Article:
SBA Loan Keeps Caregivers Working, Helping Those Most Vulnerable
June 2, 2020
Before COVID-19, Oregon Mennonite Residential Services was on the brink of something big — a significant funding increase that would have helped the organization on a number of levels.
Then the world changed, and the potential for increased funding disappeared. It kept Loralei LaVoie, the organization’s Executive Director, up at night.
“We were just on the brink of solving this problem, when COVID-19 hit. We care for 51 residents with intellectual and developmental disabilities. We specialize in 24-hour residential care. Our funding is Medicaid-based, which helps provide staffing support.”
The disappointment was palpable. The organization employs 130 people who provide a variety of essential services. They focus on integration, independence, productivity, and skill-building. They also add in lots of fun activities, emphasizing connectivity through social events and daily outings. Always living its core mission, Oregon Mennonite Residential Services continues to provide the best quality of life for those most vulnerable.
The organization owns more than a dozen homes, where residents live full time in McMinnville and Albany, Oregon. Each home has a house manager; an assistant manager; and trained, devoted caregivers.
“It’s the people that make us special. Our caregivers provide highly skilled support. It’s critical and life-sustaining.”
– Loralei LaVoie, Executive Director, Oregon Mennonite Residential Services
The residents come to depend on their caregivers, and in many circumstances, the caregivers have assisted the same residents for dozens of years. The familiar faces and trust are essential in providing the best care.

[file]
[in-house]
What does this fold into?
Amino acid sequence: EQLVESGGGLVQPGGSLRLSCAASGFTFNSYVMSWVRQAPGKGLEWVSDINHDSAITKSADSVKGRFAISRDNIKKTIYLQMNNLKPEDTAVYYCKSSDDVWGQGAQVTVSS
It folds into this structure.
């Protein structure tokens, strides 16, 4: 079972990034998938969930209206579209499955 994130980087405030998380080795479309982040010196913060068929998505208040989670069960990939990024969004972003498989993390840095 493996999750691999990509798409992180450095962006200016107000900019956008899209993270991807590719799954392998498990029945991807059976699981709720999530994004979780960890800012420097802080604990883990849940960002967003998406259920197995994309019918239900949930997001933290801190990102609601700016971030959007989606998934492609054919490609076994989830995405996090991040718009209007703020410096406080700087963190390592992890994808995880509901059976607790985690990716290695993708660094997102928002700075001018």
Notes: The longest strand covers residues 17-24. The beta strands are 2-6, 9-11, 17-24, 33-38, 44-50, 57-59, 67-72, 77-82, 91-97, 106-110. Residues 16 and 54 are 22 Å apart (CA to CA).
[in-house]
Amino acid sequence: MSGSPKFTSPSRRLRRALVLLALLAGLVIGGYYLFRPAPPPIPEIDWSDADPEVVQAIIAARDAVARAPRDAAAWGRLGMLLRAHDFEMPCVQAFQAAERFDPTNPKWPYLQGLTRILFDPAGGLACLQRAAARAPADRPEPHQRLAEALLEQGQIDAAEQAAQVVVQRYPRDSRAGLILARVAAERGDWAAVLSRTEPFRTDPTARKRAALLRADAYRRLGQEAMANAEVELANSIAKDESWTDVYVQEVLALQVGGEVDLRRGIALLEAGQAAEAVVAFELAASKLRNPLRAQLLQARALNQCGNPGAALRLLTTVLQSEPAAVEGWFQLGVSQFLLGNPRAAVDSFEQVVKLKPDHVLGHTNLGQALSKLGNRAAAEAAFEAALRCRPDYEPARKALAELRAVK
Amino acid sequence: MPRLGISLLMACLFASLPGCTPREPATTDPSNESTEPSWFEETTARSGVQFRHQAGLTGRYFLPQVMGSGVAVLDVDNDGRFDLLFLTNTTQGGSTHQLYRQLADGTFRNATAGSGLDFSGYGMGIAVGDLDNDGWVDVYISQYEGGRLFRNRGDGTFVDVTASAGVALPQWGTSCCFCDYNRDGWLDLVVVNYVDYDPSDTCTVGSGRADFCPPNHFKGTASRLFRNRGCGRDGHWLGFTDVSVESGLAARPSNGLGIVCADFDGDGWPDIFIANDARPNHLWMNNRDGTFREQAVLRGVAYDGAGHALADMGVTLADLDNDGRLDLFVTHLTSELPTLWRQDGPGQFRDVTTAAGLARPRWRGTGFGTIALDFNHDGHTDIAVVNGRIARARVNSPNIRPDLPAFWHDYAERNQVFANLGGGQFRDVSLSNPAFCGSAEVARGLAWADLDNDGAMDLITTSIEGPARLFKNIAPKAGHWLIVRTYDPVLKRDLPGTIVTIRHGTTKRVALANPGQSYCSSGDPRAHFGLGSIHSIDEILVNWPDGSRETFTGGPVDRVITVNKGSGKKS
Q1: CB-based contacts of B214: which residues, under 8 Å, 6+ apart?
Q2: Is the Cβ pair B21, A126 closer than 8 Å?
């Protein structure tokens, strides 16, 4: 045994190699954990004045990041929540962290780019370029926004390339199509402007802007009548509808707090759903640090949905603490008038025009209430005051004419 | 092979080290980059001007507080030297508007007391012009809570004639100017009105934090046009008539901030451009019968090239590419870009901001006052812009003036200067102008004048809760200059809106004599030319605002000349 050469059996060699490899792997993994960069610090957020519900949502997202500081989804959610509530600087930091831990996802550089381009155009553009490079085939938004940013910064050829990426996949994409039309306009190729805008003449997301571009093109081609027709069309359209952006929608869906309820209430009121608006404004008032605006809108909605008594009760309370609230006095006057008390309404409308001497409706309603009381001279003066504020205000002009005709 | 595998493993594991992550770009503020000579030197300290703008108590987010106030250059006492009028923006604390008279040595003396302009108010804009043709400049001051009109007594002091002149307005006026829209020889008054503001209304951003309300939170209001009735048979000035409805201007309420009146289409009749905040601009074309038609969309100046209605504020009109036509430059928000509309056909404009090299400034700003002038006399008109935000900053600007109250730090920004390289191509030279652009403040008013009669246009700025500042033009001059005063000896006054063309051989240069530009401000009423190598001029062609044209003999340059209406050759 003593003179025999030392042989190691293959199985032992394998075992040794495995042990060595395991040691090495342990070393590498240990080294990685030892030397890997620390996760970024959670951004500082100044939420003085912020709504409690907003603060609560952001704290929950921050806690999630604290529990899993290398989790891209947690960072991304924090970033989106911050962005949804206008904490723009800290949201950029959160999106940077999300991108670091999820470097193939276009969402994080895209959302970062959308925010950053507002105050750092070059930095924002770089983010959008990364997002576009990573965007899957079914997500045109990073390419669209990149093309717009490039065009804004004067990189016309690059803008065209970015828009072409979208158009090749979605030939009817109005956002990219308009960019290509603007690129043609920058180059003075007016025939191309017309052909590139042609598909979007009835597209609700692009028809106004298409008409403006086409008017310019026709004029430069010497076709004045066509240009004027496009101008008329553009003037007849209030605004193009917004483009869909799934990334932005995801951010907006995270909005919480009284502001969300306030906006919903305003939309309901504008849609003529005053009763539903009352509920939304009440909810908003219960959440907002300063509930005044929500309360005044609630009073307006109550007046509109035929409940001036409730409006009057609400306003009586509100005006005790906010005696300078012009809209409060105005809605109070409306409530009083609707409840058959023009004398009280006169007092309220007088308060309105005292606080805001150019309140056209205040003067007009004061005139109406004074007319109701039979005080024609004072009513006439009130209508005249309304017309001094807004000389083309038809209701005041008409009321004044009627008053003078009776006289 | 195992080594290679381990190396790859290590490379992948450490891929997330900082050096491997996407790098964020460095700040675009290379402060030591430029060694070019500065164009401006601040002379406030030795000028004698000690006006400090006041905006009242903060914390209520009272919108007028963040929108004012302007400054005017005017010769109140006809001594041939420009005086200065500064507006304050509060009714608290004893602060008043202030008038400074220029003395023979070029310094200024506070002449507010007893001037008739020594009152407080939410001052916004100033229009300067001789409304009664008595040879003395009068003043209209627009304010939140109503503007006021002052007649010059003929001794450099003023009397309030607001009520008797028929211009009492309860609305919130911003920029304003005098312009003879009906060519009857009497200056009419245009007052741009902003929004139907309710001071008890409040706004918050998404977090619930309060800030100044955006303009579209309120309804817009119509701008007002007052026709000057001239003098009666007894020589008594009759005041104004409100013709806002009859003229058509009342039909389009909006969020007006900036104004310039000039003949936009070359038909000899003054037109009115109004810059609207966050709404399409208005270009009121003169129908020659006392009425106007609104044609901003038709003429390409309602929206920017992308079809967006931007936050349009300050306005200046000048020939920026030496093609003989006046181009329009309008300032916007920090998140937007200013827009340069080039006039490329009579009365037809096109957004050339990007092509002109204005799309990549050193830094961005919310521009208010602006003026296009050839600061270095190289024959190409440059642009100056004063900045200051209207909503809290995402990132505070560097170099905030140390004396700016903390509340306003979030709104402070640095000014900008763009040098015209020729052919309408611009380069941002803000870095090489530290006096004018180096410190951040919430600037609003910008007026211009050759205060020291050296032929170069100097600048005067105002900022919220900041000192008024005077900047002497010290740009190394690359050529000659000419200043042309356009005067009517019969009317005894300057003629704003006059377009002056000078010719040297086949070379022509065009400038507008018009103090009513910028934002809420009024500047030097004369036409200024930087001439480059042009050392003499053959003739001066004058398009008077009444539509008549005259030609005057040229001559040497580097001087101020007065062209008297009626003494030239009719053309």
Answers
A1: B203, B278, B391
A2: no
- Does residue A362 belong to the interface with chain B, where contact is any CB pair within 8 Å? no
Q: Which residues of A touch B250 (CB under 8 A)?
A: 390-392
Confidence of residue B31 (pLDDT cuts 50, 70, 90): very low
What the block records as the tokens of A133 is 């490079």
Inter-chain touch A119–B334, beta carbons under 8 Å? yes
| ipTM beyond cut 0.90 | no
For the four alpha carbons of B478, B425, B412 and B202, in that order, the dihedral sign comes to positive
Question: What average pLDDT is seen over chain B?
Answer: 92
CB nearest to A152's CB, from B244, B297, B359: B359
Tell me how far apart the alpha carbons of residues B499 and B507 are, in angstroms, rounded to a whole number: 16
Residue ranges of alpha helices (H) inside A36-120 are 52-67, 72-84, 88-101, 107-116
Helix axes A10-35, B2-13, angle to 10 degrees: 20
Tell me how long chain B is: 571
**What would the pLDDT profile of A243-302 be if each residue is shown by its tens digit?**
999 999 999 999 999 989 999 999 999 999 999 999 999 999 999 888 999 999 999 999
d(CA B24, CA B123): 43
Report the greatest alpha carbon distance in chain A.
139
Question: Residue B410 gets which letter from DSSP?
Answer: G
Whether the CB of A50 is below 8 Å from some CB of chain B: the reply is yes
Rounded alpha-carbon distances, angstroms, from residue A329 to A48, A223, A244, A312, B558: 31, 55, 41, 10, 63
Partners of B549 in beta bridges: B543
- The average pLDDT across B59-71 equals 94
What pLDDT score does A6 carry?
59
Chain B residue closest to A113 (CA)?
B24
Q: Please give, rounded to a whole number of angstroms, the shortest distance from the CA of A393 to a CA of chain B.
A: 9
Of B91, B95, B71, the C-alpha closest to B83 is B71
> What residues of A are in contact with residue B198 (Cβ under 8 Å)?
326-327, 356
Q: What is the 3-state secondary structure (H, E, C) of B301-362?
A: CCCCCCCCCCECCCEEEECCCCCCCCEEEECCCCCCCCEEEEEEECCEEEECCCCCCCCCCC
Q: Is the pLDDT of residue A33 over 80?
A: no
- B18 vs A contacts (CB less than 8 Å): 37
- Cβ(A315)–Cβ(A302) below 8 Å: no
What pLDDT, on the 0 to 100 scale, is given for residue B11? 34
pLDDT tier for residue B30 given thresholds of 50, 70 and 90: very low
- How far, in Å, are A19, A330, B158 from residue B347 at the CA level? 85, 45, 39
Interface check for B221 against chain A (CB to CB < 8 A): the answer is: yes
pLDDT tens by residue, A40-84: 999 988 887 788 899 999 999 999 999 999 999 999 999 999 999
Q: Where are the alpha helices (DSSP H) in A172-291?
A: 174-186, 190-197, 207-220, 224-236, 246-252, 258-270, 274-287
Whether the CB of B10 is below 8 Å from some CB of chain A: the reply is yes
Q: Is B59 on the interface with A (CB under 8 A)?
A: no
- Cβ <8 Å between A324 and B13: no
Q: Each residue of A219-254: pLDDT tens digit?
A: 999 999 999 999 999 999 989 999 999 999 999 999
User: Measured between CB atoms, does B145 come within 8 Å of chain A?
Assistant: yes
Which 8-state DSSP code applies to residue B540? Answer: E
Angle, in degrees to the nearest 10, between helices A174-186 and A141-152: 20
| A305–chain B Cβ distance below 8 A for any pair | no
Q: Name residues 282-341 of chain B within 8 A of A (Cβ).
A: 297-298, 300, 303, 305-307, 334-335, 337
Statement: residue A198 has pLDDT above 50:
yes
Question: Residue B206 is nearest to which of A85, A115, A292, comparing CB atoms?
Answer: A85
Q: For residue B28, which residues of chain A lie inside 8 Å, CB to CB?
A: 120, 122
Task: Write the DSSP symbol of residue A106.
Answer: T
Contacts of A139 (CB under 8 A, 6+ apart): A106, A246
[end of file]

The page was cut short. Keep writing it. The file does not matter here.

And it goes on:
COVID-19 not only put funding on hold; it required so much more of the caregivers — their hours were increased so they could be with residents as they quarantined at home. Additional contact also meant caregivers needed more personal protective equipment. And the organization supplied residents with technology, like iPads, so that they could see their relatives and friends online to feel connected during an uncertain time.
“It caused anxiety and worry — the whole world flipped upside down. Routines were disrupted and staff has had to provide a lot of mental health support. They are essential workers. The people we care for need us 24/7,” LaVoie said.
So when the new funding opportunity vanished, Oregon Mennonite Residential Services reached out to Central Willamette Credit Union for help. The organization applied for and received an SBA Paycheck Protection Program loan, which LaVoie said will help immensely.
“This loan will definitely help us continue with wages and benefits that are really important in keeping our workforce strong and healthy,” she said.
Oregon Mennonite Residential Services has a history with the credit union. In the past, Central Willamette Credit Union employees have provided the organization’s staff with financial education.
“Employees wanted to learn more about their financial health and wellness, so the folks at Central Willamette volunteered their time and brought training sessions to the staff. Since that time, we’ve had seven employees become homeowners, based on what they learned in that class. It’s phenomenal,” LaVoie said.
For Central Willamette, providing those services is part of its core mission of “People Helping People.”
“Small business along with nonprofits are the backbone to a community, bringing growth, jobs and innovation,” said President and CEO, Stacie Wyss-Schoenborn.
Since the start of the program, the credit union has provided 116 SBA loans for $4.4 million. Maintaining long-term jobs for community members is a priority, Wyss-Schoenborn said.
“Owners of small businesses are your friends and neighbors, they contribute to the unique identity and success of a community. We’re very proud to have an opportunity to be a resource for our local small business and non-profits during the economic downturn caused by COVID-19.”
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